To an extent, what we are witnessing in some Middle Eastern countries and namely Egypt, where already 500 websites have been blocked, is not really new. China banned Facebook nearly 10 years ago and believe it or not, not many voices have been heard to pinpoint the fact that the largest country in the world was walling off the free Internet and at the same time, freedom of speech. Instead, we hear songs of praise for the new Chinese behemoths whereas in fact as all Chinese Internet companies are vetted by the ever more powerful government, and have been able to grow because of steps that were taken to stifle competition in the country and namely preventing American companies from stepping in (let me tell you, they are not alone).
The irony is, as Sir Tim Berners-Lee rightfully pointed out not so long ago, that these very American Internet companies — even though we love them — might also a threat to the free Internet and certainly open innovation. Not because they are “wicked”, but because they are now part of a de facto monopoly. Voices are heard here and there about dismantling Google and other companies which made the Internet what it is today, not to mention Facebook.
An A La Carte Internet means no Internet at all
To sum up, there are three major threats surrounding the preservation — not to mention further development — of the free Internet : one is the oligopoly which concentrates so much of the power of the Internet in the hands of a few businesses and is fought — somewhat clumsily most of the time — by the European Union. A second threat is made of the so-called two-speed Internet advocated by some, namely in the US but also in Europe (therefore promising a “faster Internet” which is a way of slowing down the information superhighway we have grown to love and build upon throughout the years). A third one, probably the least auspicious, is made by censorship as shown in the following WSJ piece. It is really high time that Europeans — and people around the world — wake up and read Benedetta’s article if we do not want to be imposed this A la Carte Internet because an A la Carte Internet means no Internet at all. Read more →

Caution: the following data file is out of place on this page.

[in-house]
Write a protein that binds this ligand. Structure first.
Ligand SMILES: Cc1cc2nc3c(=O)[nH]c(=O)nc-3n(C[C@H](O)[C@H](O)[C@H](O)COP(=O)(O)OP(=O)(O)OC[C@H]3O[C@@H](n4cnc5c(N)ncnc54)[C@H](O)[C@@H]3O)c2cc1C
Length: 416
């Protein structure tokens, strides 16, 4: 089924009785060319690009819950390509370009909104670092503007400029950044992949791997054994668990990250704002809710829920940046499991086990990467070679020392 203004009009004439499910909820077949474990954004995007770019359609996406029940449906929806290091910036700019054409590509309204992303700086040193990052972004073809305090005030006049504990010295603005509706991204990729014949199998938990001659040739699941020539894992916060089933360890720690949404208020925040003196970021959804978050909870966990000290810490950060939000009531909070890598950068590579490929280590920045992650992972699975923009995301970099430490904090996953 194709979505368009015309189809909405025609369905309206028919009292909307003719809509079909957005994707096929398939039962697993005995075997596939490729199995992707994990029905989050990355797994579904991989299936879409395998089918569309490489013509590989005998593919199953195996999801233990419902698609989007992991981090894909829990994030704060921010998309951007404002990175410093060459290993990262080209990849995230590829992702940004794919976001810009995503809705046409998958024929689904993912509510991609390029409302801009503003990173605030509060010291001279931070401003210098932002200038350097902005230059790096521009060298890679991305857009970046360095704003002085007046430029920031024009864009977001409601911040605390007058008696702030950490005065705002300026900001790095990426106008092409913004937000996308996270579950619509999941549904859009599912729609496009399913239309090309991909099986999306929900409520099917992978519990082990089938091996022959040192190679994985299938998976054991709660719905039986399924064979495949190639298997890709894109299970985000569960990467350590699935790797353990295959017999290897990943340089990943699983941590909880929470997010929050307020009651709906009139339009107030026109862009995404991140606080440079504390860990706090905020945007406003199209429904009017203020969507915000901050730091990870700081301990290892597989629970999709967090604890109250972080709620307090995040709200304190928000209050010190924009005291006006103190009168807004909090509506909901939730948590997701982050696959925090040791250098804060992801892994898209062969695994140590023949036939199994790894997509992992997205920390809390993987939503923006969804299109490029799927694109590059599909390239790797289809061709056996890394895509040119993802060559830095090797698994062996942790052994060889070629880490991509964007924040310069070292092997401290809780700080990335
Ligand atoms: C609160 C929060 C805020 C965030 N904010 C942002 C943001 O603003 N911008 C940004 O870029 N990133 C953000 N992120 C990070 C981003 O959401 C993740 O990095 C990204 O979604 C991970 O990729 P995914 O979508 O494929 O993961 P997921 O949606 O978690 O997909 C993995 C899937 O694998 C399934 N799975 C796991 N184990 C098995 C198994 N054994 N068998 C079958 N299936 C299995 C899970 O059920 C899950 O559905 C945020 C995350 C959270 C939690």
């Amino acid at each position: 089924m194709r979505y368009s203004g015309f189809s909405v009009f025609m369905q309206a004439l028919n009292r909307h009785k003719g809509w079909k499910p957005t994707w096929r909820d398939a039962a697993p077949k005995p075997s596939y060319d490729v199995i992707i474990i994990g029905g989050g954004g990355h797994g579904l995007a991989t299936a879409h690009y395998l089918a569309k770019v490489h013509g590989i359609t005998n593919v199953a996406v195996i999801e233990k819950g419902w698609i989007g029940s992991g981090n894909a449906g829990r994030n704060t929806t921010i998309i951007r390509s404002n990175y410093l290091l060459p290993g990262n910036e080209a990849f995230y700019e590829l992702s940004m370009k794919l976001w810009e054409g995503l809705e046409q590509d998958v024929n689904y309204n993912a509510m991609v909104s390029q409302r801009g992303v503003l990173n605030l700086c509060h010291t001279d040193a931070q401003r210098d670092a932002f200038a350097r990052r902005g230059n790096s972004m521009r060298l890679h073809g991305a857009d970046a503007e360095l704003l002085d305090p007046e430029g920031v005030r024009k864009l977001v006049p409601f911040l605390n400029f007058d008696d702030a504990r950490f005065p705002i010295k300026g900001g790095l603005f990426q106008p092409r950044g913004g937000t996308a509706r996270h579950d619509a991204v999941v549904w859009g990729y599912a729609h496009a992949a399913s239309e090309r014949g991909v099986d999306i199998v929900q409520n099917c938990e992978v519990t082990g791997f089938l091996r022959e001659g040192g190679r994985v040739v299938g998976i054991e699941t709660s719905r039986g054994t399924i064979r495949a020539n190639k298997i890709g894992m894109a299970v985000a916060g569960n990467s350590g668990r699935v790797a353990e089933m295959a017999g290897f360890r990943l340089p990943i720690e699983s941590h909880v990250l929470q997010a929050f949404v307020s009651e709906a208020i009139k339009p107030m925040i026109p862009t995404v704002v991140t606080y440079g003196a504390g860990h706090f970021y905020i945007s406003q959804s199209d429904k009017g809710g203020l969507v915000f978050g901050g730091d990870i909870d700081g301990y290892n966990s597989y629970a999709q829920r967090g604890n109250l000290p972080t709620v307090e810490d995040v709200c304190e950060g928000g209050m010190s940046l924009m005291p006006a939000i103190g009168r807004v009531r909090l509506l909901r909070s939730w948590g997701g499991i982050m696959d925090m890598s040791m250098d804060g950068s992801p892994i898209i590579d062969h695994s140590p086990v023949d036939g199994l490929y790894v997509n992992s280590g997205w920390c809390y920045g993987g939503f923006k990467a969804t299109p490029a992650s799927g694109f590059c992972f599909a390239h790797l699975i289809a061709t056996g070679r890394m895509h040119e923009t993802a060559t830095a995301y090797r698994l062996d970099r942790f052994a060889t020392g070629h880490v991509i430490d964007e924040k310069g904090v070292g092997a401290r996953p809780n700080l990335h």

Editor’s note: Benedetta is a French 3rd year student (equivalent to fourth form in the English Grammar-School system) who spent a week at Visionary Marketing as an intern to discover the world of business.As part of this internship, I asked her to use her linguistic abilities (she is Italian and speaks three languages fluently) to build an overview of net neutrality through the Italian, English and French-speaking press in Europe.In spite of her young age- she is only 14 years old- Benedetta showed a great maturity and her analysis of this extremely complex subject of free internet is relevant and pertinent.So, I decided to publish this article for the benefit of our readers.
As the United States is one of the most powerful countries in the world, the question whether Trump government’s decision on the Internet will affect Europe and the rest of the world is a fascinating one to look at. I have looked into how net neutrality is approached in different countries, namely France, Great Britain, Italy, Belgium and Switzerland.
What is net neutrality?
Net neutrality ensures that all traffic on the Internet is treated in the same way, so that Internet service providers do not act with favoritism over content that passes through their “pipes” [i.e., physical (telecom) networks]. Blogs and newspapers have been focusing on this topic since the Trump administration decided to remove this neutrality in the United States.Le Figaro even called it “Christmas gifts to telecom giants”.
This decision has indeed favored the interests of ISPs (Internet Service Providers) such as Verizon, AT & T and Sprint. Since December 14, 2017, US Internet service providers have the right to encourage the traffic of companies that have the means to pay and leave all otherson a slow lane, thus creating a two-speed network.Verizon has stated, however, that it will not use this right.